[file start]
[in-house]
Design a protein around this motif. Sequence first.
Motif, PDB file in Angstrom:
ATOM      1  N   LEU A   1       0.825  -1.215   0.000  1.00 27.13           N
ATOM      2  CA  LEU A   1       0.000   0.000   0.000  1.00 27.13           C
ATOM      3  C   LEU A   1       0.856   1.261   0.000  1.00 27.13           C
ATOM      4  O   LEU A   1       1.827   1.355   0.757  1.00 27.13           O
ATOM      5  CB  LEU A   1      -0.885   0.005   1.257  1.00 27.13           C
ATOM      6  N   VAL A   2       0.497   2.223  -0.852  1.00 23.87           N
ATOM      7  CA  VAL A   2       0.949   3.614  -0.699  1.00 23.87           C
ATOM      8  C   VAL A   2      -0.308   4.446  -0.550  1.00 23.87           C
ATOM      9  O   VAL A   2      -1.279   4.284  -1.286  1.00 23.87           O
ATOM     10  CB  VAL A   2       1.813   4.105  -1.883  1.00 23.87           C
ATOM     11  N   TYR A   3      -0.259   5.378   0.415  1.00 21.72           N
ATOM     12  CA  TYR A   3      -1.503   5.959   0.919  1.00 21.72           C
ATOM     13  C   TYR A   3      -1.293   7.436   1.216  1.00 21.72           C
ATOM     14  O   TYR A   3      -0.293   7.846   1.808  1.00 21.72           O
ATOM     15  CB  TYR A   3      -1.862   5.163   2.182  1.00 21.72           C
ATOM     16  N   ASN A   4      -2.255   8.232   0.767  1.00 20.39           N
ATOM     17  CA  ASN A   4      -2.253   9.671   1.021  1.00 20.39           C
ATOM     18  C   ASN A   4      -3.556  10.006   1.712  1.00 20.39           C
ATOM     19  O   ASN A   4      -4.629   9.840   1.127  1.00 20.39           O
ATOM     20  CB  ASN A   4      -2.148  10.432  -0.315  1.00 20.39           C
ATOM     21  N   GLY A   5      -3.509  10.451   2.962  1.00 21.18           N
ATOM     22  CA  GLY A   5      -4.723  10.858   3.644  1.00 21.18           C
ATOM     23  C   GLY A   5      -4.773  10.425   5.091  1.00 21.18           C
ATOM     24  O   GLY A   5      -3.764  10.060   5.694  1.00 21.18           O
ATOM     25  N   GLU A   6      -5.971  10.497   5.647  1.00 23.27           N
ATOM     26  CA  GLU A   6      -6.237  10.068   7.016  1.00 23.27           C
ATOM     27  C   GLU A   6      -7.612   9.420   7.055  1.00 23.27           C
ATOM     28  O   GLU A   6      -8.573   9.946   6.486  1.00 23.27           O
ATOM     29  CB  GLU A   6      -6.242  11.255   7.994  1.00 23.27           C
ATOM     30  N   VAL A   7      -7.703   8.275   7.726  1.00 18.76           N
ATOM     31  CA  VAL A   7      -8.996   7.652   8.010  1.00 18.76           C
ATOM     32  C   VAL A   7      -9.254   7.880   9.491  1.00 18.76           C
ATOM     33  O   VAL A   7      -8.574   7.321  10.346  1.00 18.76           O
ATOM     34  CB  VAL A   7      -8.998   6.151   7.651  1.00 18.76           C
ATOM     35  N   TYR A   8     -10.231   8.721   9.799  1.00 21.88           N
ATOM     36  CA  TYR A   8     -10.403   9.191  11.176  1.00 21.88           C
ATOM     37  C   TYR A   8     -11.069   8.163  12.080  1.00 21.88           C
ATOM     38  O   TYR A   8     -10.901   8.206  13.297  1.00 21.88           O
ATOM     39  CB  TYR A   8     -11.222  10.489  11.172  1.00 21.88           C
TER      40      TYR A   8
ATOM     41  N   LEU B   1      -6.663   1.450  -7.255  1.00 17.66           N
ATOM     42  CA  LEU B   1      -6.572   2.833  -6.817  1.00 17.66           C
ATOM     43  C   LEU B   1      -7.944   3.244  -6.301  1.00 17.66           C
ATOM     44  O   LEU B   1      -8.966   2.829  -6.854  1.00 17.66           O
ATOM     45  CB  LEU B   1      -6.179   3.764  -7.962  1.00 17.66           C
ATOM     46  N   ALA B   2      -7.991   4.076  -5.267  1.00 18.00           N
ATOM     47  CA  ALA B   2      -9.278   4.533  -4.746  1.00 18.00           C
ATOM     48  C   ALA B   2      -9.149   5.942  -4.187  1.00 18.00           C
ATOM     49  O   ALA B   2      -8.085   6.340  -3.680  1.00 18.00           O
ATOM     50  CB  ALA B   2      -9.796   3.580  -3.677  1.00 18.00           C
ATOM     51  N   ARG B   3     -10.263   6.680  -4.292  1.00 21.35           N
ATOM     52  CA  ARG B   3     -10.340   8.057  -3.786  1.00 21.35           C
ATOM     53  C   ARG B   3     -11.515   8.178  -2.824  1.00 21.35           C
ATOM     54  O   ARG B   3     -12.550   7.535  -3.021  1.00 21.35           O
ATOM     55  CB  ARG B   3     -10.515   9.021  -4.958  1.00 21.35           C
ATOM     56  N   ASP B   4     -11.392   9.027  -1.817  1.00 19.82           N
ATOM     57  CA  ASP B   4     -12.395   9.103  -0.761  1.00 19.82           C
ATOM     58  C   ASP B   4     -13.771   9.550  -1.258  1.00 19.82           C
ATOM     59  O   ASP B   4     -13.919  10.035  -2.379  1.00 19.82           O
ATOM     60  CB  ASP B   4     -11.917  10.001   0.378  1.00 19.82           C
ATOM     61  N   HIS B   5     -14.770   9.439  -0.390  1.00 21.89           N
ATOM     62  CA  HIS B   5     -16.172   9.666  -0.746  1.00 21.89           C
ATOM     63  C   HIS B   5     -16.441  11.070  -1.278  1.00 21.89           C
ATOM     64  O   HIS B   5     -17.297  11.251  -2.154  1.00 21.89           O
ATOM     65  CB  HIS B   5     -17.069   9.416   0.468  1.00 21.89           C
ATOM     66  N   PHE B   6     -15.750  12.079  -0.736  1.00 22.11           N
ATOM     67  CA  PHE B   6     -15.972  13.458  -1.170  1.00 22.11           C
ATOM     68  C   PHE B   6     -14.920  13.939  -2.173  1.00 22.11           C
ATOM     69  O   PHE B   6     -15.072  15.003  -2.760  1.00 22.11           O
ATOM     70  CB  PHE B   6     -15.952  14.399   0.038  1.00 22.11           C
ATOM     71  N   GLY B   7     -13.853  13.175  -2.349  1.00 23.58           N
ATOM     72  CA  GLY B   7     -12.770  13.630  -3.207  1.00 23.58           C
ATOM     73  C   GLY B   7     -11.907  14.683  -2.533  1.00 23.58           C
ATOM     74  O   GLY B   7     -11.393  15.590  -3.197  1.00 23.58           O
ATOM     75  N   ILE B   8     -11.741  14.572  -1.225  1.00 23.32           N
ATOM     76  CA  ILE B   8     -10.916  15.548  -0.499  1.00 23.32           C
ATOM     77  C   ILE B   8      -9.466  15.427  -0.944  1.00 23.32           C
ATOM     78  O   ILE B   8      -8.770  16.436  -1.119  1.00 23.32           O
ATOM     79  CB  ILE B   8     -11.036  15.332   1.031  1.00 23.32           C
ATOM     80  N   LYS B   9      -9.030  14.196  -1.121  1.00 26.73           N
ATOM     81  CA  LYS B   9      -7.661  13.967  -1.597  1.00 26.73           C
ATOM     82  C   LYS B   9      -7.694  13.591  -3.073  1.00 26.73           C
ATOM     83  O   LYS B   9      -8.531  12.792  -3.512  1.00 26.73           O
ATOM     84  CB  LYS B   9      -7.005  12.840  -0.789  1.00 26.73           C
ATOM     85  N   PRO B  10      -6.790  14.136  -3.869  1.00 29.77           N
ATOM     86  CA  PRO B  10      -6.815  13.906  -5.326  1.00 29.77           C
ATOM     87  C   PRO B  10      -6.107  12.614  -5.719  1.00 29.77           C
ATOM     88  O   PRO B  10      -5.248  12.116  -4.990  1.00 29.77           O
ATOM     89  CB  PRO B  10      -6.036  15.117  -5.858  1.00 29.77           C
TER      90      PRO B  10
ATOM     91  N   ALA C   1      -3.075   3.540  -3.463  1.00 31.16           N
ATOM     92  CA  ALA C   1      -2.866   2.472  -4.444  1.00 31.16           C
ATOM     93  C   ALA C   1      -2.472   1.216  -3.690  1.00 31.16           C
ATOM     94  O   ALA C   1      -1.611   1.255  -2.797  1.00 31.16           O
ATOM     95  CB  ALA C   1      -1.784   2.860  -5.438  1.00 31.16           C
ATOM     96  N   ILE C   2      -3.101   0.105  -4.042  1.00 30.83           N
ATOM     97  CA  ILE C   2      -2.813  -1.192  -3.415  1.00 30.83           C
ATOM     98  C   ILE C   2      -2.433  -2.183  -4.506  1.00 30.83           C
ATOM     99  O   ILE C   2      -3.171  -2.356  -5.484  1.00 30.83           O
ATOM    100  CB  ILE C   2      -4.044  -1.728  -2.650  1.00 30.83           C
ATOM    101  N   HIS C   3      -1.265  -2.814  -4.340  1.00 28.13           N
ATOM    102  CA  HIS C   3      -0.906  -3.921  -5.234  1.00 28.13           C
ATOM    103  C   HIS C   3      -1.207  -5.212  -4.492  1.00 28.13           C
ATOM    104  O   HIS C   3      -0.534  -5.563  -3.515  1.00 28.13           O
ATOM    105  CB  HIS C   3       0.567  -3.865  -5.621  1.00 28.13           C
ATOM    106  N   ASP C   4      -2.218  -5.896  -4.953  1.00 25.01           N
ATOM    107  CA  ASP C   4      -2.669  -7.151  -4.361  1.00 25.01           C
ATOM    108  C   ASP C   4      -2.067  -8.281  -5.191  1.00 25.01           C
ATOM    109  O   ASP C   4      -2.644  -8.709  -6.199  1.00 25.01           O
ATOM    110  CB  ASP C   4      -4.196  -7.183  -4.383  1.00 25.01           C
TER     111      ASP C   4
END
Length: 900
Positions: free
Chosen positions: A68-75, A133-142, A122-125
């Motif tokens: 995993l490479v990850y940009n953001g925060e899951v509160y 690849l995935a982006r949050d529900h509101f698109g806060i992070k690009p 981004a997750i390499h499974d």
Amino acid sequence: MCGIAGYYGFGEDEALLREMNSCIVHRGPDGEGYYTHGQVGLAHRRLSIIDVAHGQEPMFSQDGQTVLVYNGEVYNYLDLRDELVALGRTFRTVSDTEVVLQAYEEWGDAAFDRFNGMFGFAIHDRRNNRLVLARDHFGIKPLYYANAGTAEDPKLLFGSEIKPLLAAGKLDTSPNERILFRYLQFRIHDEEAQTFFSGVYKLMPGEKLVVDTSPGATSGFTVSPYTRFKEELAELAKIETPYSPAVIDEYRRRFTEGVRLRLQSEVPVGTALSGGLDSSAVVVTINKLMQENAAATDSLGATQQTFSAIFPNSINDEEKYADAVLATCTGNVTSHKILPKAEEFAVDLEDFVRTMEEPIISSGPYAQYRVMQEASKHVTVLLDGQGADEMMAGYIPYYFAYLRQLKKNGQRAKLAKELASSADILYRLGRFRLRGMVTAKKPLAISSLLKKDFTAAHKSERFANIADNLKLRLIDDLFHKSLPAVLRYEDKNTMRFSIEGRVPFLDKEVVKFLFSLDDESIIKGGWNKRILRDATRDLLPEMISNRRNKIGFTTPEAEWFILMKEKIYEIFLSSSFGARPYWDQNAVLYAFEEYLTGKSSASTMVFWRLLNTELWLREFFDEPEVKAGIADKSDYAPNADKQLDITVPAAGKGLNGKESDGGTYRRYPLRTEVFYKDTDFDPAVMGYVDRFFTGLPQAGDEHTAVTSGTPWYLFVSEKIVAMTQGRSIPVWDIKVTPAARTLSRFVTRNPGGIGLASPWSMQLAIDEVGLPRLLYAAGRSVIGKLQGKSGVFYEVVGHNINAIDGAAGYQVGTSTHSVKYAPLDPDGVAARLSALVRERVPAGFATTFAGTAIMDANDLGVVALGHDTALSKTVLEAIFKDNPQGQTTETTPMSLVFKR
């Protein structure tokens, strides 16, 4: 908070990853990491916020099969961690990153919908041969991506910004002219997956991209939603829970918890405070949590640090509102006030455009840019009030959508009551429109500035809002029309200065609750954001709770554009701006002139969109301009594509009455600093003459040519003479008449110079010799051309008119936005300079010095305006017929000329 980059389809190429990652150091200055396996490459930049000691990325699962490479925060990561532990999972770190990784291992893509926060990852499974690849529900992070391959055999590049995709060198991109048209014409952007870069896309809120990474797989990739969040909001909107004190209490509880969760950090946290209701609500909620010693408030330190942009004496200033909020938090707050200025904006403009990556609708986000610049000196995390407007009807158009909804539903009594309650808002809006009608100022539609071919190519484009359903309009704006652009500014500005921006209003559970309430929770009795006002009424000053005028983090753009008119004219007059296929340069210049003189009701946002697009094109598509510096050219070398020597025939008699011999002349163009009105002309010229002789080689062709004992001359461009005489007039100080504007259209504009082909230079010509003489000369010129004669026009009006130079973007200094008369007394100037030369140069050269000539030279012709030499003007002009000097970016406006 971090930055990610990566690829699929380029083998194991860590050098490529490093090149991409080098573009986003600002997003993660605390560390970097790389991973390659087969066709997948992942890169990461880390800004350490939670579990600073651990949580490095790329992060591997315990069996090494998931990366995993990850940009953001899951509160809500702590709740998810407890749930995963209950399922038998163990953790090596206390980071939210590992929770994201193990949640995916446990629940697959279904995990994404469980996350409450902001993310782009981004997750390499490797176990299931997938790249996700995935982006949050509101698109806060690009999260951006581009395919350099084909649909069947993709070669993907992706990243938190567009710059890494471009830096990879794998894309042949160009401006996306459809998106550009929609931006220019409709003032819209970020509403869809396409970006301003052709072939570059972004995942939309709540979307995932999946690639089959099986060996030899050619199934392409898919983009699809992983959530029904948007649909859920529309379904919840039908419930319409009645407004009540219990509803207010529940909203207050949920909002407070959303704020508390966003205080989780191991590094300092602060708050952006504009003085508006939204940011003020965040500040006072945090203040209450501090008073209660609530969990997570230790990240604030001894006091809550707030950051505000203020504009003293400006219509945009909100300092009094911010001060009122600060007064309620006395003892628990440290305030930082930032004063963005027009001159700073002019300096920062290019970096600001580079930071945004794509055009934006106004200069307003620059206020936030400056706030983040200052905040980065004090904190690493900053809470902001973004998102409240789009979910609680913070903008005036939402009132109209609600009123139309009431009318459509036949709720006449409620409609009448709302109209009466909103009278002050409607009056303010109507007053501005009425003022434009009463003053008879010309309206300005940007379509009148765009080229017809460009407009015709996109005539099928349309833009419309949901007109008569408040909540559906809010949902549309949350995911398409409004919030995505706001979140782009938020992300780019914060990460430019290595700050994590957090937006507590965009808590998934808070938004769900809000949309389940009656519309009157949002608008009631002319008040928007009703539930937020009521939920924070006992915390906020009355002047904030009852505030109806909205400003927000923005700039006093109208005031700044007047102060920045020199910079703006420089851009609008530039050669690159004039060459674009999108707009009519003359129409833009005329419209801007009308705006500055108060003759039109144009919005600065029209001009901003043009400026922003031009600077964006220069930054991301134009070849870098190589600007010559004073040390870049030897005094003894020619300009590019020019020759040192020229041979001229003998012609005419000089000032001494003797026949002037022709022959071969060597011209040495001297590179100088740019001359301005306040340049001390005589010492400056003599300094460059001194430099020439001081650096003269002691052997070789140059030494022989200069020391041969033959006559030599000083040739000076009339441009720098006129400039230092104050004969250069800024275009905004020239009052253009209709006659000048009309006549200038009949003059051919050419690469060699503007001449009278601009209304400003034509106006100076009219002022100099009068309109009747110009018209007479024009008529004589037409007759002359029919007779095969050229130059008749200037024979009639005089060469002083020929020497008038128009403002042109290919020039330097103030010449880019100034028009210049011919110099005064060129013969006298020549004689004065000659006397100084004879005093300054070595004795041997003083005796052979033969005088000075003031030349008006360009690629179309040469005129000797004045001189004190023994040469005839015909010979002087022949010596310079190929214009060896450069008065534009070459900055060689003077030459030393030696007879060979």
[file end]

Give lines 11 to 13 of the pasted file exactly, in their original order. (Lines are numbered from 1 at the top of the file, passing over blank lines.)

ATOM      8  C   VAL A   2      -0.308   4.446  -0.550  1.00 23.87           C
ATOM      9  O   VAL A   2      -1.279   4.284  -1.286  1.00 23.87           O
ATOM     10  CB  VAL A   2       1.813   4.105  -1.883  1.00 23.87           C